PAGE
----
Discrepant analysis using the PCR-based assay detected GAS nucleic acid in 13 of 16 "false positive" specimens and one of two "false negative" specimens, resulting in an overall sensitivity of 99 percent and specificity of 99.6 percent for detecting GAS in pharyngeal swabs using Illumigene.

Two specimens reported as negative by Illumigene were found to be positive by enriched culture, and both were negative by routine culture, suggesting, the researchers wrote, that the failure of Illumigene to detect GAS in these samples was the result of a low concentration of organisms.

Of the 16 apparent false positive results reported by Illumigene, 13 were also positive using the PCR assay. The researchers noted that these 13 samples may represent the presence of GAS nucleic acid in the absence of viable organisms "from patients with resolving infections or already undergoing antimicrobial therapy." They also noted that current rapid antigen POC tests also do not differentiate between viable and non-viable organisms.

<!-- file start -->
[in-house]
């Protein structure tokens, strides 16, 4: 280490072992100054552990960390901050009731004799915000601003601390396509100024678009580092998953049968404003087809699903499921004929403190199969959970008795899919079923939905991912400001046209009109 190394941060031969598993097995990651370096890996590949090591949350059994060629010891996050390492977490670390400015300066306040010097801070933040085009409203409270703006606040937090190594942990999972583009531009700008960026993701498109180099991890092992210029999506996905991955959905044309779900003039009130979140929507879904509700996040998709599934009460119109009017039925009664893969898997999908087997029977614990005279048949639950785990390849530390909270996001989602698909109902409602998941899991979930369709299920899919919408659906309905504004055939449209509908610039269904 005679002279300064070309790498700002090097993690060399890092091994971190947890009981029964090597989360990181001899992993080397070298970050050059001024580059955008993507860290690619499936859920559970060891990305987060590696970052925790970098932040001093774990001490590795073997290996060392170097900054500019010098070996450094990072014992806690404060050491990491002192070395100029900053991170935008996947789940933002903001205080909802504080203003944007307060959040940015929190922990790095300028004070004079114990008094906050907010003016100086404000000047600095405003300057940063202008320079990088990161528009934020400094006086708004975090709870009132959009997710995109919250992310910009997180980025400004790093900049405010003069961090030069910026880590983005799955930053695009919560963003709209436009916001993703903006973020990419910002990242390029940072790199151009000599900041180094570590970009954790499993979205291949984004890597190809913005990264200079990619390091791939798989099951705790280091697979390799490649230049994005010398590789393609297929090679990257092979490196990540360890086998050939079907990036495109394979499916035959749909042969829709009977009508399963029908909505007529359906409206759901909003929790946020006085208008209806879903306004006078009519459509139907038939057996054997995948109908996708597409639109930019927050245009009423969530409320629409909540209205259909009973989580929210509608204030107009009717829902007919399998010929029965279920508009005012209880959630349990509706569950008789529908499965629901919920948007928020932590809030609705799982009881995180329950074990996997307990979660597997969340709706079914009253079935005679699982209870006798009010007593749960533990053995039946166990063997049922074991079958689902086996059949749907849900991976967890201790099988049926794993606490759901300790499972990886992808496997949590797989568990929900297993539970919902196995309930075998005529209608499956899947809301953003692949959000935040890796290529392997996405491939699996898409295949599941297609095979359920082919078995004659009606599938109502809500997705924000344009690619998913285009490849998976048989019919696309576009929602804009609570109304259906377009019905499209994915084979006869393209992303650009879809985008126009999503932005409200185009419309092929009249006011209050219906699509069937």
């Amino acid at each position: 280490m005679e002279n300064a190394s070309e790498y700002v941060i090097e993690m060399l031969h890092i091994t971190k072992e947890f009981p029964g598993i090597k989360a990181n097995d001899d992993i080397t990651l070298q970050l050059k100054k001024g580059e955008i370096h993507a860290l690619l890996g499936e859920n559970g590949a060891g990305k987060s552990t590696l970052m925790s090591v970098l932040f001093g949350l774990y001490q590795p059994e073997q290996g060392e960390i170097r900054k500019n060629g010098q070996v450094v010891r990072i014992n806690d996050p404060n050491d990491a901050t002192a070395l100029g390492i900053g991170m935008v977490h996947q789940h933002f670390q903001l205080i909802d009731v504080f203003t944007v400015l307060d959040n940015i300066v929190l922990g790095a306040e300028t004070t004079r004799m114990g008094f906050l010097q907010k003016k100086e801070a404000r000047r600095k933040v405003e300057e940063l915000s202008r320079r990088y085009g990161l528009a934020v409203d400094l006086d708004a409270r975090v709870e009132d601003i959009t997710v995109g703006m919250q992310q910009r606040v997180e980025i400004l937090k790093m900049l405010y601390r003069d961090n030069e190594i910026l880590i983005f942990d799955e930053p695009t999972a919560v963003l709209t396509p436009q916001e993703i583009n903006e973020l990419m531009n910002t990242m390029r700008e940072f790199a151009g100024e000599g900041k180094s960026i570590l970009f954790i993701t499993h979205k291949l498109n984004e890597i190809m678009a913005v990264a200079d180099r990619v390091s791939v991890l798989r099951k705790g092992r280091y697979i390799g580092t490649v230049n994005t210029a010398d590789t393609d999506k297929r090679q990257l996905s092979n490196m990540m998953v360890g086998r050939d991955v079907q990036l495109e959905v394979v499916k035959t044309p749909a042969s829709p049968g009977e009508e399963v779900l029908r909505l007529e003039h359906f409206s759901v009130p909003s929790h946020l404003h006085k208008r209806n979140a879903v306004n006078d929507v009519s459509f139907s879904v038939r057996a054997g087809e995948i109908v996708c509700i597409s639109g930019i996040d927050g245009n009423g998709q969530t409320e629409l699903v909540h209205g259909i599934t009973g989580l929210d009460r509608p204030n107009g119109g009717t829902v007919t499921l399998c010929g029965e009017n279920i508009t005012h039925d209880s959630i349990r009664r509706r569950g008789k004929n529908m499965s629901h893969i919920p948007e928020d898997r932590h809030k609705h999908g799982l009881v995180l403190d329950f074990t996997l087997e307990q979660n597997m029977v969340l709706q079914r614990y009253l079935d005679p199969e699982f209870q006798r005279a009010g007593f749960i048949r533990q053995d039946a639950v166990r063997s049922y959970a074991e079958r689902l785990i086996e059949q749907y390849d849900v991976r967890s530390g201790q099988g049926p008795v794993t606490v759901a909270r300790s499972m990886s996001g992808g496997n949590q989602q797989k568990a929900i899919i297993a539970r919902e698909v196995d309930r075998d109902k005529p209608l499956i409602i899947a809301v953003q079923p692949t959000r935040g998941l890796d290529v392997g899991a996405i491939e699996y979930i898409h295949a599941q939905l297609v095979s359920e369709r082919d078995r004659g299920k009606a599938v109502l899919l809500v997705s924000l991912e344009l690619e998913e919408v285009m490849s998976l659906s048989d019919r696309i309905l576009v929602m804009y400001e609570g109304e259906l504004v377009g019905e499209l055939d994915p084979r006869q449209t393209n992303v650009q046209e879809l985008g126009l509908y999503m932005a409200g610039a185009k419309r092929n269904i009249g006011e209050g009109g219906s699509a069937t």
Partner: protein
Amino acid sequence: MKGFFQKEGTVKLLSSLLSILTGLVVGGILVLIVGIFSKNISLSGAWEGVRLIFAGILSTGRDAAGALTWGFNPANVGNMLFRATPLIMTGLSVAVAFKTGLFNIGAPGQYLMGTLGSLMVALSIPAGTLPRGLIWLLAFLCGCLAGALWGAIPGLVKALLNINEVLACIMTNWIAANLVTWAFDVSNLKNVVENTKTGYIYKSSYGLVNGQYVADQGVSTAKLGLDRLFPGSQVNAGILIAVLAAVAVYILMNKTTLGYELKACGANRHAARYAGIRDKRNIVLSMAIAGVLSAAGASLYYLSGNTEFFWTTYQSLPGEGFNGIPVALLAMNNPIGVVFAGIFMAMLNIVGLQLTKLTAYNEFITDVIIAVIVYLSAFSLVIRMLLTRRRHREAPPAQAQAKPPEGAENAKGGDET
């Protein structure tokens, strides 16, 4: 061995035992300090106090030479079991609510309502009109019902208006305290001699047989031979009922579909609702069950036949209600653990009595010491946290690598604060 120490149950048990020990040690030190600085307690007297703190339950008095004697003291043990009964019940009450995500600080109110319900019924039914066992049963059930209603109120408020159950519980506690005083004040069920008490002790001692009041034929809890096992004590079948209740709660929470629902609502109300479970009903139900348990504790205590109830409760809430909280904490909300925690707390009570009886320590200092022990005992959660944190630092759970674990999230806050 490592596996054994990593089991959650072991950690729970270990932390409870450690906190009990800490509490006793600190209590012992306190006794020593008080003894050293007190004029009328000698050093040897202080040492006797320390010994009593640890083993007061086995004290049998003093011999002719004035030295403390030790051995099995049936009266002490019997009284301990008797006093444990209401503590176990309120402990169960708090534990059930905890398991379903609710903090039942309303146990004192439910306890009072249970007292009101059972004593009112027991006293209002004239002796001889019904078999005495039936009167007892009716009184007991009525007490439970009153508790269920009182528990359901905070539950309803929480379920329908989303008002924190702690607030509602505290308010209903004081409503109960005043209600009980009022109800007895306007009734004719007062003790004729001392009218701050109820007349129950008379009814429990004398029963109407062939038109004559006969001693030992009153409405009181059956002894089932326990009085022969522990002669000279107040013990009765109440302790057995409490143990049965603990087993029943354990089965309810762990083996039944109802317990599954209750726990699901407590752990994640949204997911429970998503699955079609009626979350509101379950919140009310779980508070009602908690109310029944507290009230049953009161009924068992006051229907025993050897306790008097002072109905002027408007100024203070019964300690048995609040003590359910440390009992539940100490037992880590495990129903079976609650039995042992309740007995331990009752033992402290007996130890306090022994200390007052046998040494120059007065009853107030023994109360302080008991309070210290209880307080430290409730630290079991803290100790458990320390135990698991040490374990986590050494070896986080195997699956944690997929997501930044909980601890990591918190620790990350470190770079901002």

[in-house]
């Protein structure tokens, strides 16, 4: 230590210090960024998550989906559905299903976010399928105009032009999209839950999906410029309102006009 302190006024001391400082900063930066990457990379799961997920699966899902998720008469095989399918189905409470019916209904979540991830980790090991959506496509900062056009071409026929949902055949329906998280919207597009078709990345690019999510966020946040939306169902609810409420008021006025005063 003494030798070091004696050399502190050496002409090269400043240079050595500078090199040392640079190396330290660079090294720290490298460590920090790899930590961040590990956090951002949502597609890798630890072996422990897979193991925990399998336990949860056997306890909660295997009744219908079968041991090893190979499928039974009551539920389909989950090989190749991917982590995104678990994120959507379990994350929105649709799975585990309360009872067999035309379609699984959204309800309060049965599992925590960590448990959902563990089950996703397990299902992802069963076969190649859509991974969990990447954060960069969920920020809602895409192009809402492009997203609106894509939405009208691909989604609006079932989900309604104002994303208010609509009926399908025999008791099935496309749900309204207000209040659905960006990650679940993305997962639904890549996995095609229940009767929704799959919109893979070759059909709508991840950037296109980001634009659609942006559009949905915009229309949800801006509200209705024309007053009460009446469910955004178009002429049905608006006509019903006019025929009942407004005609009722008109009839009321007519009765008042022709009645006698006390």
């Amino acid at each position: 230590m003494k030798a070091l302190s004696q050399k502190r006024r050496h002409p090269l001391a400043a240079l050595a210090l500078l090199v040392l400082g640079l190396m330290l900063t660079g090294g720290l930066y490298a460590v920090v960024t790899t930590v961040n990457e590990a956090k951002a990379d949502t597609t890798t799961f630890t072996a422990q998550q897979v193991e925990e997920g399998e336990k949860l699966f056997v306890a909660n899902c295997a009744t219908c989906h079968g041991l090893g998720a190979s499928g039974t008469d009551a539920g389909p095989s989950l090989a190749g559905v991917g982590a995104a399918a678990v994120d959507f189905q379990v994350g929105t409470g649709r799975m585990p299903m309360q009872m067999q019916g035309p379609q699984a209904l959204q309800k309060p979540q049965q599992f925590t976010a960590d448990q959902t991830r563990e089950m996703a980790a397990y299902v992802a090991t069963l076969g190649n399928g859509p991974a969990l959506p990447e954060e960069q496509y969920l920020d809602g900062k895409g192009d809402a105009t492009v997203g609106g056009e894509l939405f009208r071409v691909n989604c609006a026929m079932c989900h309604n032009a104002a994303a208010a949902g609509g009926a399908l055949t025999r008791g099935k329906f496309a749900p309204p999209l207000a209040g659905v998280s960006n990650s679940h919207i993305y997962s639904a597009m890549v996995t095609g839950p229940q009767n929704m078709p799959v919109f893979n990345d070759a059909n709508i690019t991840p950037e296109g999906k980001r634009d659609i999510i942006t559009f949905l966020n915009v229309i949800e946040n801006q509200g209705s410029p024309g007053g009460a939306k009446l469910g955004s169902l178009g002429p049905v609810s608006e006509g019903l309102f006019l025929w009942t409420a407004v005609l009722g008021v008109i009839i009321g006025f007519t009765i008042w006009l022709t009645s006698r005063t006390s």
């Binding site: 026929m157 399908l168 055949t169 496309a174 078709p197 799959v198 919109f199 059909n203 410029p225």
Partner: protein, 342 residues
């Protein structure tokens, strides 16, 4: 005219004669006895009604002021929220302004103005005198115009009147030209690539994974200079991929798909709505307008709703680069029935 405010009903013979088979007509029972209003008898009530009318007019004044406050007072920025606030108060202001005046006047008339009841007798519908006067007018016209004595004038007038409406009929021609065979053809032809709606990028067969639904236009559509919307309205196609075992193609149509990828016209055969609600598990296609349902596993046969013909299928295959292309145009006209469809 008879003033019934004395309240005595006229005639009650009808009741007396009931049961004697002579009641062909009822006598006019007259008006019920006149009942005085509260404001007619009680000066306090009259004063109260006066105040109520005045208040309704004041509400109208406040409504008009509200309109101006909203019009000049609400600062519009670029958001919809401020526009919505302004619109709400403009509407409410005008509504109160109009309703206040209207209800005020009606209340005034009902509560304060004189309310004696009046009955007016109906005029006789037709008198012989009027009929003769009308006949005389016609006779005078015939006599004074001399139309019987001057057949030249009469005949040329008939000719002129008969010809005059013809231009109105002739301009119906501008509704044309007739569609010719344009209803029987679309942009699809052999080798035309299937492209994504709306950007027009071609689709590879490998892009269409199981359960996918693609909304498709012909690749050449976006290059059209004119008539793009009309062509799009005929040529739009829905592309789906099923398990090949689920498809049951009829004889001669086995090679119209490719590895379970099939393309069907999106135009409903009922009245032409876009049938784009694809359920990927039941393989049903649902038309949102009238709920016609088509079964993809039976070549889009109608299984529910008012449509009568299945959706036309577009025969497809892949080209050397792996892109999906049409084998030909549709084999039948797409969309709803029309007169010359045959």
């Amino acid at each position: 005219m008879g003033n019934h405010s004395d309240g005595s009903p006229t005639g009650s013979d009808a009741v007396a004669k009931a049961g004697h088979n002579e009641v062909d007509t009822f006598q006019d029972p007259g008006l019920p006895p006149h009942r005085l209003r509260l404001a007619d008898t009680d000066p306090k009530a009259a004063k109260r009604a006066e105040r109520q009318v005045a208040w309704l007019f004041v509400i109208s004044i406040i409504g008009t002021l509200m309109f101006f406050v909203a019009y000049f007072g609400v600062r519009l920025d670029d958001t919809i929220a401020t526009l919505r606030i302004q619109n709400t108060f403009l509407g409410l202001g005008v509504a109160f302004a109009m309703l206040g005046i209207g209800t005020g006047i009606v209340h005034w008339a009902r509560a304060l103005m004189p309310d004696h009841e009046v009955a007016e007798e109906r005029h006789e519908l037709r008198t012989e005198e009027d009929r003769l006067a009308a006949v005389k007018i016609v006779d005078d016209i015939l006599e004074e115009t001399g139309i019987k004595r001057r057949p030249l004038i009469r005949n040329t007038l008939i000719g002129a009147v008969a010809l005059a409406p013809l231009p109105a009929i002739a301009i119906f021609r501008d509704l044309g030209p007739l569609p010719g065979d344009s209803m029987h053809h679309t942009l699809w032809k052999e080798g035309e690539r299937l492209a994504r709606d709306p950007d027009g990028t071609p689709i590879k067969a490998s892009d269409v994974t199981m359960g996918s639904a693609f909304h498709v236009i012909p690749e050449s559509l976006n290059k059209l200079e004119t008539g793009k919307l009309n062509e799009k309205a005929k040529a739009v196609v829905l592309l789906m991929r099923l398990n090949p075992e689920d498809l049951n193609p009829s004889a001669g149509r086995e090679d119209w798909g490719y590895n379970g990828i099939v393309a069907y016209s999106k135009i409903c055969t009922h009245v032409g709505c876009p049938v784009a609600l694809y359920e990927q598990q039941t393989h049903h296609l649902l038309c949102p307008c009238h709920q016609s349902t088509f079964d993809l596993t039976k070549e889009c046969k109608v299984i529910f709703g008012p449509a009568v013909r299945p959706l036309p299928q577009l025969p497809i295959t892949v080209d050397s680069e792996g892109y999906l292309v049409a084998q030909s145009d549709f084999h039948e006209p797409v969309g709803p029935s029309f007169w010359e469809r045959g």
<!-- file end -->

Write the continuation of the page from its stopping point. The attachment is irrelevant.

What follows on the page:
The authors underscored several limitations of the Illumigene assay as a sole means for diagnosing pharyngitis.

"While the assay is very sensitive, it will only identify pharyngitis caused by GAS," they wrote. "Culture is still needed to detect other causes of pharyngitis (i.e. Group C Streptococcus or Group G Streptococcus, and viral etiologies)." Though not as prevalent as GAS, these non-GAS streptococci are responsible for up to 5 percent of the total cases of pediatric pharyngitis, they noted.